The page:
Congress is considering setting up a permanent UFO investigation office primarily focused on terrestrial threats.
Section 1652 of House Bill HR. 4350, referring to the “Establishment of [an] Office to Address Unidentified Aerial Phenomena,” states: “Not later than 180 days after the date of the enactment of this Act, the Secretary of Defense, in coordination with the Director of National Intelligence, shall establish an office within the Office of the Secretary of Defense to carry out, on a Department-wide basis, the mission currently performed by the Unidentified Aerial Phenomenon Task Force as of the date of the enactment of this Act.”
Consumed by more pressing budgetary matters, the House on Wednesday postponed further proceedings on the bill, delaying a final decision.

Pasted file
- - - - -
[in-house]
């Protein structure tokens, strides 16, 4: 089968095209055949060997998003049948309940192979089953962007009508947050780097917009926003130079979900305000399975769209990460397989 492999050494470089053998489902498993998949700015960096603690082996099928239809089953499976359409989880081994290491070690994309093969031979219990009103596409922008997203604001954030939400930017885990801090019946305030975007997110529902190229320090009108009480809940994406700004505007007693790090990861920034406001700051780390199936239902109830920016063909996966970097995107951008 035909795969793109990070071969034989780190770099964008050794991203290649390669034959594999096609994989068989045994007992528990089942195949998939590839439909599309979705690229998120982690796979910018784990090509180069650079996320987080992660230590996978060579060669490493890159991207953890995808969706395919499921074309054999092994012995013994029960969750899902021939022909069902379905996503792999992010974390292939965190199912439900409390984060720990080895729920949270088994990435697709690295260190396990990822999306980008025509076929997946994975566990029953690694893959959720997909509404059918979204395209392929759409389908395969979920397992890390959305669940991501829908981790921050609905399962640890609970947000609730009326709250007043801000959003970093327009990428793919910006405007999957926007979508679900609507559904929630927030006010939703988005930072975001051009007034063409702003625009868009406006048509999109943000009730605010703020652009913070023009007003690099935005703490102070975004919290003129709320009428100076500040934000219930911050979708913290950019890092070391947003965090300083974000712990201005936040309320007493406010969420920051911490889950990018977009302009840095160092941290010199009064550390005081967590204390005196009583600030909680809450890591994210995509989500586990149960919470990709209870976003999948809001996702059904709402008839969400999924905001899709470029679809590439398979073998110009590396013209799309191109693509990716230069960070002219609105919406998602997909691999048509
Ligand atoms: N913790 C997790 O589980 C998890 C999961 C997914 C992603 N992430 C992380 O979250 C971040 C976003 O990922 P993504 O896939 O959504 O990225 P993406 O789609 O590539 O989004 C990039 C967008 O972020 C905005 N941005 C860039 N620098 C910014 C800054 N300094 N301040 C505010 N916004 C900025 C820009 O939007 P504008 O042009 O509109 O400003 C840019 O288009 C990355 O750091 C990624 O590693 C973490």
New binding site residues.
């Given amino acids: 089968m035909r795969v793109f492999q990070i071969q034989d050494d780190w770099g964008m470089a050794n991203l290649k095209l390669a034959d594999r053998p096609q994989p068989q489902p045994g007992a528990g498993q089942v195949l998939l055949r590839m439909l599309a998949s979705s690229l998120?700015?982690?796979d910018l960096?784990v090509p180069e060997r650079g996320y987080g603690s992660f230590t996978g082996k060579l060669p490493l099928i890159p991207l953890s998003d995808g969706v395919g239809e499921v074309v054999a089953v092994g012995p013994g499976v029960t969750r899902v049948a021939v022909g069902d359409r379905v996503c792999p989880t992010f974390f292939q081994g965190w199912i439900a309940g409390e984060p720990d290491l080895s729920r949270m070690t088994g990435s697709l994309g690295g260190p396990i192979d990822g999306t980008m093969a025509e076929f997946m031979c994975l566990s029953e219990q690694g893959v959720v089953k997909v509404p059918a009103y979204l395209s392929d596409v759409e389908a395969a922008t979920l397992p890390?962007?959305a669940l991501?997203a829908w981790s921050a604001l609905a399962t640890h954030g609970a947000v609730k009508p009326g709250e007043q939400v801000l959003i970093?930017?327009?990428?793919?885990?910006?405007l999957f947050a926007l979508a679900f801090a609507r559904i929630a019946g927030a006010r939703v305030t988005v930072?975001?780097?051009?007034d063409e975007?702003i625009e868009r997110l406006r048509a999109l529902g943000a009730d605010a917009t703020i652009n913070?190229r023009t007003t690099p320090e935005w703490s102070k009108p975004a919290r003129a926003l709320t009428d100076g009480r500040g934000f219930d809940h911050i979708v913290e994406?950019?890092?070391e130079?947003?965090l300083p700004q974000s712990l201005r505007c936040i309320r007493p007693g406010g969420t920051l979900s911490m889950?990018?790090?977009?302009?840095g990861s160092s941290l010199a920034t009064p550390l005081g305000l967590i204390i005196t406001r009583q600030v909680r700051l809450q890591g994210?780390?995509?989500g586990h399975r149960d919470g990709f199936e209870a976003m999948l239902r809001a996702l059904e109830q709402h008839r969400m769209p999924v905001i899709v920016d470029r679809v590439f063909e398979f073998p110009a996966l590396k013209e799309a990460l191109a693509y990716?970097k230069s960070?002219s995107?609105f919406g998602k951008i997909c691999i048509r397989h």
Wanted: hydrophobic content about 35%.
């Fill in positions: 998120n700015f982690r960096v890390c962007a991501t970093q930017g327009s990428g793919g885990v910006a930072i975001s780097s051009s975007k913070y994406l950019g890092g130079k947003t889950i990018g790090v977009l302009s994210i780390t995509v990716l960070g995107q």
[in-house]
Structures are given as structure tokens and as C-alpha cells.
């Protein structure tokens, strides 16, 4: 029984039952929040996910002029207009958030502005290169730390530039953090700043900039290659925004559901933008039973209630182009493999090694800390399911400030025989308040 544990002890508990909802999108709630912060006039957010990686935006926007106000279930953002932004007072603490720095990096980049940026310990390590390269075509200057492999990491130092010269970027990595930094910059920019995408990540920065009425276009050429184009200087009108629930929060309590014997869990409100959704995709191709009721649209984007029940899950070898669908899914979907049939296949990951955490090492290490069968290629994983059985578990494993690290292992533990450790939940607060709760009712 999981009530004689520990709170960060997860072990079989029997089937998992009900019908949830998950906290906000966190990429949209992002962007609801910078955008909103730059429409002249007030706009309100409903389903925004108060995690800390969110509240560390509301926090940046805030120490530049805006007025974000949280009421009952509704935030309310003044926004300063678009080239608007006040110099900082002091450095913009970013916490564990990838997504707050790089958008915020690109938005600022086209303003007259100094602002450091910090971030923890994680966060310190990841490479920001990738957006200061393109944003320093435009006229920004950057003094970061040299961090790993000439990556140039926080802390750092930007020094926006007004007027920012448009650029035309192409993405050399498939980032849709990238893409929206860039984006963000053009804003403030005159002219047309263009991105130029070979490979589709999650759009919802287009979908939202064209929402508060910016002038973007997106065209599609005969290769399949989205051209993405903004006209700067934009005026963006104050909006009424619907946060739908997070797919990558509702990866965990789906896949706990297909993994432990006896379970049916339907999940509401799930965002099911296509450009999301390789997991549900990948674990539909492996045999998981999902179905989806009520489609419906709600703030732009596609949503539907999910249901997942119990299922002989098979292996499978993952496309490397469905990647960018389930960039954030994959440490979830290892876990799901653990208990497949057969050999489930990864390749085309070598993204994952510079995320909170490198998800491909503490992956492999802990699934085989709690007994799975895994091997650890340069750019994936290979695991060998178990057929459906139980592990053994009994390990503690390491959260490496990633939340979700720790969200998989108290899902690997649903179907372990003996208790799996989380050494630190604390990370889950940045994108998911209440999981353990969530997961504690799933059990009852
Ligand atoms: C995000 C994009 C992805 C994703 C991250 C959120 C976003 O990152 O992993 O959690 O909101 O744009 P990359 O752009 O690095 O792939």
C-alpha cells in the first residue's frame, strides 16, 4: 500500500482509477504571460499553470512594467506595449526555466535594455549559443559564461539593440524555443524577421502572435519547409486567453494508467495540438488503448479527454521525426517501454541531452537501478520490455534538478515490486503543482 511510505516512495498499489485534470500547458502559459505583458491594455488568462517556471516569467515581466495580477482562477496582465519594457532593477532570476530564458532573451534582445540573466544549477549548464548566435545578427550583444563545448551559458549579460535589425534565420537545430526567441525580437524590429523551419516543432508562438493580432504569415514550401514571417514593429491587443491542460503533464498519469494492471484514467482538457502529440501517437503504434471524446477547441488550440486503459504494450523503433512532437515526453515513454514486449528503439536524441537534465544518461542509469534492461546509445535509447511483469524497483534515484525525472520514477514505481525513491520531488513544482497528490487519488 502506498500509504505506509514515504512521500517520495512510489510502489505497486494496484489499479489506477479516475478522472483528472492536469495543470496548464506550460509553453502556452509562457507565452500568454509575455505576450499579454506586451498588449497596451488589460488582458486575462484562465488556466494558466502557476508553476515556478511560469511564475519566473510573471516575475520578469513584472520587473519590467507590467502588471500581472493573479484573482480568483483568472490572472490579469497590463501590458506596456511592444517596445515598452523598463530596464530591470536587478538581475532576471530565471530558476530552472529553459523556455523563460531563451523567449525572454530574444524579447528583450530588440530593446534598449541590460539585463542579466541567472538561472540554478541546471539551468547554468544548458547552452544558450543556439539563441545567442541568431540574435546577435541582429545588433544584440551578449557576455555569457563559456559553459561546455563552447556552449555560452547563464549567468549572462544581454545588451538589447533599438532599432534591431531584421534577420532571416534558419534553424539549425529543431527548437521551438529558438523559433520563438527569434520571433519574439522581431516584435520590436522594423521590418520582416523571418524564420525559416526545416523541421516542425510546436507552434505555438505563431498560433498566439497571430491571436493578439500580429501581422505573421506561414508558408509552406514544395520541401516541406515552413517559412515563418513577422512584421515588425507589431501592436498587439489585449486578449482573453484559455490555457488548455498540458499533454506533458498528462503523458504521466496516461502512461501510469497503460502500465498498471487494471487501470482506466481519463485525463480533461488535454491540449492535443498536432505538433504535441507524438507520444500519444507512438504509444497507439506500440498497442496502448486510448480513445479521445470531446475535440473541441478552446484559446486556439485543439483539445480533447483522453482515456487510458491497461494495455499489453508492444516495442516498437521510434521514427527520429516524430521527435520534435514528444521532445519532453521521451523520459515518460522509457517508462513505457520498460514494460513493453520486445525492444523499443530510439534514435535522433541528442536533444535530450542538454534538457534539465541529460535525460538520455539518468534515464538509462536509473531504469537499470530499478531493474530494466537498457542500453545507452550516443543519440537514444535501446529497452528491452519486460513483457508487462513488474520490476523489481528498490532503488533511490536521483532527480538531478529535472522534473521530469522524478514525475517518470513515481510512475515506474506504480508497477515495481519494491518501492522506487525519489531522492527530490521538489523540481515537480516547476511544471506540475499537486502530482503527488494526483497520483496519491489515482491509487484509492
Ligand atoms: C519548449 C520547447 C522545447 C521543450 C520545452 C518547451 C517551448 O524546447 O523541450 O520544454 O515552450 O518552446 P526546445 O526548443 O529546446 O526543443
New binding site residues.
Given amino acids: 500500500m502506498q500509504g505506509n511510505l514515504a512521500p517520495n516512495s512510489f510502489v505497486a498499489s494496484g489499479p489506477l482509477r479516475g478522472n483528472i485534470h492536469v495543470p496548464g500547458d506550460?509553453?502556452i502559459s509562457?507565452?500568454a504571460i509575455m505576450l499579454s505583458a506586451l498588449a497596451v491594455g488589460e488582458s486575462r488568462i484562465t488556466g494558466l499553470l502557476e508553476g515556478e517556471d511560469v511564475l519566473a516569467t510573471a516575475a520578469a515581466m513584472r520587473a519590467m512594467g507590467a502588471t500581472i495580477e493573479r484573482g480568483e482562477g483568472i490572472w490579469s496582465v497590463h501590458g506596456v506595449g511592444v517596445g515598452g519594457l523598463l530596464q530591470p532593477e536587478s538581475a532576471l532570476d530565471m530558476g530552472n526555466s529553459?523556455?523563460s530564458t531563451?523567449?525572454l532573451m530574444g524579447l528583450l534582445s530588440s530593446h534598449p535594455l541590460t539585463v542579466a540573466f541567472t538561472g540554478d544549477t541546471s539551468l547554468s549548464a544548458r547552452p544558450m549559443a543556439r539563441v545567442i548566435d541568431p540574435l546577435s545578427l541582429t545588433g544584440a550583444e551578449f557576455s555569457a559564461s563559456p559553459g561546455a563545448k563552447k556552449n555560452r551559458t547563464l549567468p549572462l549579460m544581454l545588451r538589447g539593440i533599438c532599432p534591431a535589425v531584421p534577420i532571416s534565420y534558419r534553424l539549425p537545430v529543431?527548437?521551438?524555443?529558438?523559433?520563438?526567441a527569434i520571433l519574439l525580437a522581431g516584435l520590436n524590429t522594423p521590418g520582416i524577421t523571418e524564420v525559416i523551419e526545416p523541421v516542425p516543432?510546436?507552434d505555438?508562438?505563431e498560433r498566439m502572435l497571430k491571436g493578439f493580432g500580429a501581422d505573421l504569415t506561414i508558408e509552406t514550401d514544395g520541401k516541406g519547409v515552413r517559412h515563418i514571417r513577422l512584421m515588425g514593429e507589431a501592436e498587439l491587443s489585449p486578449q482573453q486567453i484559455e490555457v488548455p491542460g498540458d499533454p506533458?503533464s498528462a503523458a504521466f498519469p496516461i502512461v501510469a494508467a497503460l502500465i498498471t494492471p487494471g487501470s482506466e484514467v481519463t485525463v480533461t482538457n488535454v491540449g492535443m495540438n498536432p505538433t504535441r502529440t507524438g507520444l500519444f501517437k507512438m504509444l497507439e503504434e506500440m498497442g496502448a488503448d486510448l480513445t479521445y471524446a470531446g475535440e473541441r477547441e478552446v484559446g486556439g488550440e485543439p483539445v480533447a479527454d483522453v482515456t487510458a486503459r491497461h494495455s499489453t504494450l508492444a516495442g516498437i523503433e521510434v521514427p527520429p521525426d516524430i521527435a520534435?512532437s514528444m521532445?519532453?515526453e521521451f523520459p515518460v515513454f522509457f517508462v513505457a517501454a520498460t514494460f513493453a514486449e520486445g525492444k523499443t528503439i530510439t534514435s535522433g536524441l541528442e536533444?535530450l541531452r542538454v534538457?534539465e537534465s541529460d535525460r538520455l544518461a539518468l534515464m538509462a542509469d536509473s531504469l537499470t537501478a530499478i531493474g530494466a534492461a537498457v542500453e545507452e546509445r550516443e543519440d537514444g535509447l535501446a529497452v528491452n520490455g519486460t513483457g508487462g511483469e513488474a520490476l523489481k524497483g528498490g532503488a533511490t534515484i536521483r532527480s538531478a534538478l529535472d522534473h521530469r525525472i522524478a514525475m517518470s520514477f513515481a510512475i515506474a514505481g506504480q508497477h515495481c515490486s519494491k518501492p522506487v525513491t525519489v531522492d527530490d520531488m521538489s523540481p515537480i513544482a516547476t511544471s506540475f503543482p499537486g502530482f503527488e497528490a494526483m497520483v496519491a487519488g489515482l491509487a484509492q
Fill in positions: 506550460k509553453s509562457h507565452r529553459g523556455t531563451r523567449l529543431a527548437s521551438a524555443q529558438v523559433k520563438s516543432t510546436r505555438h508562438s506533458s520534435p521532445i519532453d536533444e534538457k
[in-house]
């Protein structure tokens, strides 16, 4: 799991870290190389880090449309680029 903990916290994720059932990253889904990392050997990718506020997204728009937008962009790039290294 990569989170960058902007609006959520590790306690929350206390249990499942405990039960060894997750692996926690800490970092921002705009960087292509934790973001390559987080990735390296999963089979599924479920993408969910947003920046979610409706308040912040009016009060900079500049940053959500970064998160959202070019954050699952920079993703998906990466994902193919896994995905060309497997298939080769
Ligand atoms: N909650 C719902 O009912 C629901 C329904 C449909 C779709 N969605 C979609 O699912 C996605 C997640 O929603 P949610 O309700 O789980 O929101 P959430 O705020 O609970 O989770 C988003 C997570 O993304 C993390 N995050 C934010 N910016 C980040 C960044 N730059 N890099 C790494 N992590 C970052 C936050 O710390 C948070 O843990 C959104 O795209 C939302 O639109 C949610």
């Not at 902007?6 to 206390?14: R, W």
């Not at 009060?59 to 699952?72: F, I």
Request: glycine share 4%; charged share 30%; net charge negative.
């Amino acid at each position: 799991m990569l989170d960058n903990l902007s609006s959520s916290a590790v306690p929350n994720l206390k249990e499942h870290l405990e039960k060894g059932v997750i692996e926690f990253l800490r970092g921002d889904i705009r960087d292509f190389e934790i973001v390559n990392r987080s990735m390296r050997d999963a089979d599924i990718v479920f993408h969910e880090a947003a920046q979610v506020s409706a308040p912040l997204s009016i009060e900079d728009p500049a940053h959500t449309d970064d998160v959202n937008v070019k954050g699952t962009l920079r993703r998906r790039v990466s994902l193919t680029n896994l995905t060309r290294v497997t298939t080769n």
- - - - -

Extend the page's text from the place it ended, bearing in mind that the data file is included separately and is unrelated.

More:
The House bill and its Senate companion make it clear that the federal government’s interest in UAPs — the official Department of Defense term for UFOs — strictly concerns possible foreign espionage activities rather than extraterrestrials.
On June 25, the Office of the Director of National Intelligence published an unclassified preliminary assessment of UAPs, evaluating a growing number of sightings in recent years as a potential security threat.
Prepared for the congressional intelligence and armed services committees, the document noted that it came in response to a Senate request in the Intelligence Authorization Act for Fiscal Year 2021 “to submit an intelligence assessment of the threat posed by unidentified aerial phenomena (UAP) and the progress the Department of Defense Unidentified Aerial Phenomena Task Force (UAPTF) has made in understanding this threat.”
Out of 144 reported incidents of UFOs, the report explained away only one as a weather balloon, leaving the remainder of the sightings unresolved.